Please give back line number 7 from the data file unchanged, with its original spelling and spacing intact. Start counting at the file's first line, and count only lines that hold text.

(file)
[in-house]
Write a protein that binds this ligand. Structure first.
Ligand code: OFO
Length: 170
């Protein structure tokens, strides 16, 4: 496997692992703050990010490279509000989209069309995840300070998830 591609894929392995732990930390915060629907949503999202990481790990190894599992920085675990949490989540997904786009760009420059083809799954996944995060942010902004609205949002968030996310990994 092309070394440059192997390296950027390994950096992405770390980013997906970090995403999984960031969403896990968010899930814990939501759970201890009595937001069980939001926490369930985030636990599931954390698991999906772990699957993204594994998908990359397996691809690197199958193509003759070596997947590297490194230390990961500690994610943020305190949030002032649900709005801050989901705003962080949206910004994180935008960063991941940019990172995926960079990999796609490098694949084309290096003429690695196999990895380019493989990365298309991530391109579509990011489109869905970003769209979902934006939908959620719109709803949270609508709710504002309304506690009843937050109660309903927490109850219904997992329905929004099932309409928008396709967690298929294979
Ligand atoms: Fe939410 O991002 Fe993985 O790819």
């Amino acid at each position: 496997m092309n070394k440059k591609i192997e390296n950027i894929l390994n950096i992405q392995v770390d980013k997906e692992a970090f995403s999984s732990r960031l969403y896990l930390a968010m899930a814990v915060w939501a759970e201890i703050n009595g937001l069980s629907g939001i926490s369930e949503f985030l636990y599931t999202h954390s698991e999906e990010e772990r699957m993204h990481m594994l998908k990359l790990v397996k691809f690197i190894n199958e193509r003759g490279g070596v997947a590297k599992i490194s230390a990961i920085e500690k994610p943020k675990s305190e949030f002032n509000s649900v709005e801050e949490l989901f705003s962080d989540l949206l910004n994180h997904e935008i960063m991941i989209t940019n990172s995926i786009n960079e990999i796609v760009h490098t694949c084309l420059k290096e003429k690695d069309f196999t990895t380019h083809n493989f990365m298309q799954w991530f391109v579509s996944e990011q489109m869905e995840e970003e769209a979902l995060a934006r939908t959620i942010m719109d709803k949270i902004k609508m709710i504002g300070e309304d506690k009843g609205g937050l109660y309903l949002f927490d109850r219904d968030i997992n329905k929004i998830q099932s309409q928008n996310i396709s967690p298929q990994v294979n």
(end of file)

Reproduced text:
């Amino acid at each position: 496997m092309n070394k440059k591609i192997e390296n950027i894929l390994n950096i992405q392995v770390d980013k997906e692992a970090f995403s999984s732990r960031l969403y896990l930390a968010m899930a814990v915060w939501a759970e201890i703050n009595g937001l069980s629907g939001i926490s369930e949503f985030l636990y599931t999202h954390s698991e999906e990010e772990r699957m993204h990481m594994l998908k990359l790990v397996k691809f690197i190894n199958e193509r003759g490279g070596v997947a590297k599992i490194s230390a990961i920085e500690k994610p943020k675990s305190e949030f002032n509000s649900v709005e801050e949490l989901f705003s962080d989540l949206l910004n994180h997904e935008i960063m991941i989209t940019n990172s995926i786009n960079e990999i796609v760009h490098t694949c084309l420059k290096e003429k690695d069309f196999t990895t380019h083809n493989f990365m298309q799954w991530f391109v579509s996944e990011q489109m869905e995840e970003e769209a979902l995060a934006r939908t959620i942010m719109d709803k949270i902004k609508m709710i504002g300070e309304d506690k009843g609205g937050l109660y309903l949002f927490d109850r219904d968030i997992n329905k929004i998830q099932s309409q928008n996310i396709s967690p298929q990994v294979n």